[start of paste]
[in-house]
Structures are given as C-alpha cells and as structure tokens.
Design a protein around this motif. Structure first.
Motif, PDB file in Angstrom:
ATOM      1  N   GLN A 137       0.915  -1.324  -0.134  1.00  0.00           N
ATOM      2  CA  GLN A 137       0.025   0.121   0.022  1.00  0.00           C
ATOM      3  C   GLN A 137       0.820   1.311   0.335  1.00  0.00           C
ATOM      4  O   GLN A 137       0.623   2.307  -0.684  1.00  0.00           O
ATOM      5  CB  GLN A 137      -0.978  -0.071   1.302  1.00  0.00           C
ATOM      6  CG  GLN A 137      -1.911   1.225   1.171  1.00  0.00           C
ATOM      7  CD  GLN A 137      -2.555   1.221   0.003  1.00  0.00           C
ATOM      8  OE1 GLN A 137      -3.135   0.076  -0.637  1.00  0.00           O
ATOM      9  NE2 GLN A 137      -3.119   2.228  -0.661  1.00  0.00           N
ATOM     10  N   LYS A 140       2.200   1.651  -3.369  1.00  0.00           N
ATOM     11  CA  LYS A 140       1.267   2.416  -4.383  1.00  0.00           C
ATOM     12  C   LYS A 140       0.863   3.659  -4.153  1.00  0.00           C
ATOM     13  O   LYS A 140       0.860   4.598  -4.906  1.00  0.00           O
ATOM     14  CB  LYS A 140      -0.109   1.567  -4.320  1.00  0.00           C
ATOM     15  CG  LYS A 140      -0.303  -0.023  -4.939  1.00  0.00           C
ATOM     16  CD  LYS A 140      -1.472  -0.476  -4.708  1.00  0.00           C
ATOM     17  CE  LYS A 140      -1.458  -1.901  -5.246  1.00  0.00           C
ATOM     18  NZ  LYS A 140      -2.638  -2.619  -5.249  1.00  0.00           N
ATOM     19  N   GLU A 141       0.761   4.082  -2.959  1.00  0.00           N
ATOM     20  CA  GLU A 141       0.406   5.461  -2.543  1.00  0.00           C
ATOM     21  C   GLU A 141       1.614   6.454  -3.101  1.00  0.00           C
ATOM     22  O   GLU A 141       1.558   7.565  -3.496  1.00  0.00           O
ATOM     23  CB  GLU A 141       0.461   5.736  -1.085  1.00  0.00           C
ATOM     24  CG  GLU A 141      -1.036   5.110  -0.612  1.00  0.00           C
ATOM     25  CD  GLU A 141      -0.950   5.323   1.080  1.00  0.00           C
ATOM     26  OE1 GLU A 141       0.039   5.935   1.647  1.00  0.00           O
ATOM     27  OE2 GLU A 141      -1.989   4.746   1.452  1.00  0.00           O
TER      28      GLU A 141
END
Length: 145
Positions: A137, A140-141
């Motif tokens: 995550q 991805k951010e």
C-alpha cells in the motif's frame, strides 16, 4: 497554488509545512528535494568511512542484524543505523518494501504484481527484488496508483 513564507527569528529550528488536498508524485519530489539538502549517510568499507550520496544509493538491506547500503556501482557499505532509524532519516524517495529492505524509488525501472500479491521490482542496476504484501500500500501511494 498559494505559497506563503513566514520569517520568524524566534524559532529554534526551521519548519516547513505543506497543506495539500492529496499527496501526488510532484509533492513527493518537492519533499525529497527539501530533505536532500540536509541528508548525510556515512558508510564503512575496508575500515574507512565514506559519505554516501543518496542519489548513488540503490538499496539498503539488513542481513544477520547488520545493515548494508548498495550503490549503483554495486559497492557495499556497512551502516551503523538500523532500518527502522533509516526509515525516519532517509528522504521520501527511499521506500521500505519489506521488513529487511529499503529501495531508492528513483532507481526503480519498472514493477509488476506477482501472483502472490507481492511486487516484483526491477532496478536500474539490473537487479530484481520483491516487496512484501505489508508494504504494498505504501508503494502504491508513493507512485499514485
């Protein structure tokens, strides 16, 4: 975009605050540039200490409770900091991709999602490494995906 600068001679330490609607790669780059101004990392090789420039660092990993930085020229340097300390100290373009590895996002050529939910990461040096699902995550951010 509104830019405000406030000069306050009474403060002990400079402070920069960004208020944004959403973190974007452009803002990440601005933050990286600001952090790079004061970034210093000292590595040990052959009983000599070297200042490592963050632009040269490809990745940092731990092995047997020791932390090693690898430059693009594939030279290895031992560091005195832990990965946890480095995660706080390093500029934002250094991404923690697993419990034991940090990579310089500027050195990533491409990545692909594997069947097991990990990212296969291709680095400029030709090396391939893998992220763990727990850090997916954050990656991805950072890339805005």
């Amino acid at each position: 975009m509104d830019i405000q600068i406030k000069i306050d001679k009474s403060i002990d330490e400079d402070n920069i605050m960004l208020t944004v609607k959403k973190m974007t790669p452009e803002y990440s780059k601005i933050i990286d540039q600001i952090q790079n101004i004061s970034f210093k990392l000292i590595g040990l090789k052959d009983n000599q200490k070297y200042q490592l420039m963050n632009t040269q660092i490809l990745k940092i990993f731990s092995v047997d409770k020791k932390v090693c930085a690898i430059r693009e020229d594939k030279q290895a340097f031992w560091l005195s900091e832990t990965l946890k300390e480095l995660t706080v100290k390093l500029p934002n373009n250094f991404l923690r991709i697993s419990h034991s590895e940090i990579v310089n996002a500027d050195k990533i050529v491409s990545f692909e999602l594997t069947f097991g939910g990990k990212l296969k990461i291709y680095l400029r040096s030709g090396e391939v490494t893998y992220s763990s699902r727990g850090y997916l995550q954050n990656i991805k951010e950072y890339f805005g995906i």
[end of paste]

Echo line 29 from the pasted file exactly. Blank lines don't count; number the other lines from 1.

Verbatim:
ATOM     25  CD  GLU A 141      -0.950   5.323   1.080  1.00  0.00           C